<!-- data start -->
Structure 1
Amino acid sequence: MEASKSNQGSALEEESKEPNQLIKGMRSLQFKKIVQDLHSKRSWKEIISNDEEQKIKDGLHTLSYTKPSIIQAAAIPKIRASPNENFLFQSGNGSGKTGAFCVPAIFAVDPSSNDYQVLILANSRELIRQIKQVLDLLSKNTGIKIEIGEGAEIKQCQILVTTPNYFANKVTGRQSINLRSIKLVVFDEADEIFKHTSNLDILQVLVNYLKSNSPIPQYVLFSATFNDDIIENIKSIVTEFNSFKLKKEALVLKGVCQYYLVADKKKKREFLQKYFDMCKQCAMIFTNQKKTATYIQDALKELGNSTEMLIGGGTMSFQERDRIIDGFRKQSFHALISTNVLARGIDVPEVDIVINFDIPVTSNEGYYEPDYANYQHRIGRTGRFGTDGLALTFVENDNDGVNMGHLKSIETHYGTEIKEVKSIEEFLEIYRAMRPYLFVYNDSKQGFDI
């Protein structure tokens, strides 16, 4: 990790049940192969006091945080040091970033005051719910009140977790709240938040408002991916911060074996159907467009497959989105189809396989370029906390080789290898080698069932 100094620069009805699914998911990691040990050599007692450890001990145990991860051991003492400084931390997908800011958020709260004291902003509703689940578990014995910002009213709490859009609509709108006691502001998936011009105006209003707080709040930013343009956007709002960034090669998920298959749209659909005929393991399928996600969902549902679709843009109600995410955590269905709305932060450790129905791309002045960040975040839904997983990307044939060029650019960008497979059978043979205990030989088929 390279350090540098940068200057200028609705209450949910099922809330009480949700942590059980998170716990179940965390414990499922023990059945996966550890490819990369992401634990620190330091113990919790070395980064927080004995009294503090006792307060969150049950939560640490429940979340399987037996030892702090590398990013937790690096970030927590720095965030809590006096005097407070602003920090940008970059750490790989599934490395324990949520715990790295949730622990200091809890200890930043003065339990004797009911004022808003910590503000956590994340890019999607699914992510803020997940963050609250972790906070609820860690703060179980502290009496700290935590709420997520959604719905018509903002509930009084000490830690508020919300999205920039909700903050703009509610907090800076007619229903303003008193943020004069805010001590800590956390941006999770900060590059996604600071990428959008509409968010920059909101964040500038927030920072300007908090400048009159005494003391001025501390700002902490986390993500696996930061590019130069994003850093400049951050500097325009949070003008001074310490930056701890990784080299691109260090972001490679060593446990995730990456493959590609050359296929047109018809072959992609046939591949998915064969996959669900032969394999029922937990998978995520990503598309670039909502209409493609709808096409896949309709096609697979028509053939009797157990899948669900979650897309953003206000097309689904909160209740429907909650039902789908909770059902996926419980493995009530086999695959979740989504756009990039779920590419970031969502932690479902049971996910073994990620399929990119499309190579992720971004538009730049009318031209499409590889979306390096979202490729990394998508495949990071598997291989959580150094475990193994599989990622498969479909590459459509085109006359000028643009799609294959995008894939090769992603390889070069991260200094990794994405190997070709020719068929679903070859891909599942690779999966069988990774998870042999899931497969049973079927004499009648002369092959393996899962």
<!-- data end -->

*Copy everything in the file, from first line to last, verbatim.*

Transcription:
Structure 1
Amino acid sequence: MEASKSNQGSALEEESKEPNQLIKGMRSLQFKKIVQDLHSKRSWKEIISNDEEQKIKDGLHTLSYTKPSIIQAAAIPKIRASPNENFLFQSGNGSGKTGAFCVPAIFAVDPSSNDYQVLILANSRELIRQIKQVLDLLSKNTGIKIEIGEGAEIKQCQILVTTPNYFANKVTGRQSINLRSIKLVVFDEADEIFKHTSNLDILQVLVNYLKSNSPIPQYVLFSATFNDDIIENIKSIVTEFNSFKLKKEALVLKGVCQYYLVADKKKKREFLQKYFDMCKQCAMIFTNQKKTATYIQDALKELGNSTEMLIGGGTMSFQERDRIIDGFRKQSFHALISTNVLARGIDVPEVDIVINFDIPVTSNEGYYEPDYANYQHRIGRTGRFGTDGLALTFVENDNDGVNMGHLKSIETHYGTEIKEVKSIEEFLEIYRAMRPYLFVYNDSKQGFDI
């Protein structure tokens, strides 16, 4: 990790049940192969006091945080040091970033005051719910009140977790709240938040408002991916911060074996159907467009497959989105189809396989370029906390080789290898080698069932 100094620069009805699914998911990691040990050599007692450890001990145990991860051991003492400084931390997908800011958020709260004291902003509703689940578990014995910002009213709490859009609509709108006691502001998936011009105006209003707080709040930013343009956007709002960034090669998920298959749209659909005929393991399928996600969902549902679709843009109600995410955590269905709305932060450790129905791309002045960040975040839904997983990307044939060029650019960008497979059978043979205990030989088929 390279350090540098940068200057200028609705209450949910099922809330009480949700942590059980998170716990179940965390414990499922023990059945996966550890490819990369992401634990620190330091113990919790070395980064927080004995009294503090006792307060969150049950939560640490429940979340399987037996030892702090590398990013937790690096970030927590720095965030809590006096005097407070602003920090940008970059750490790989599934490395324990949520715990790295949730622990200091809890200890930043003065339990004797009911004022808003910590503000956590994340890019999607699914992510803020997940963050609250972790906070609820860690703060179980502290009496700290935590709420997520959604719905018509903002509930009084000490830690508020919300999205920039909700903050703009509610907090800076007619229903303003008193943020004069805010001590800590956390941006999770900060590059996604600071990428959008509409968010920059909101964040500038927030920072300007908090400048009159005494003391001025501390700002902490986390993500696996930061590019130069994003850093400049951050500097325009949070003008001074310490930056701890990784080299691109260090972001490679060593446990995730990456493959590609050359296929047109018809072959992609046939591949998915064969996959669900032969394999029922937990998978995520990503598309670039909502209409493609709808096409896949309709096609697979028509053939009797157990899948669900979650897309953003206000097309689904909160209740429907909650039902789908909770059902996926419980493995009530086999695959979740989504756009990039779920590419970031969502932690479902049971996910073994990620399929990119499309190579992720971004538009730049009318031209499409590889979306390096979202490729990394998508495949990071598997291989959580150094475990193994599989990622498969479909590459459509085109006359000028643009799609294959995008894939090769992603390889070069991260200094990794994405190997070709020719068929679903070859891909599942690779999966069988990774998870042999899931497969049973079927004499009648002369092959393996899962």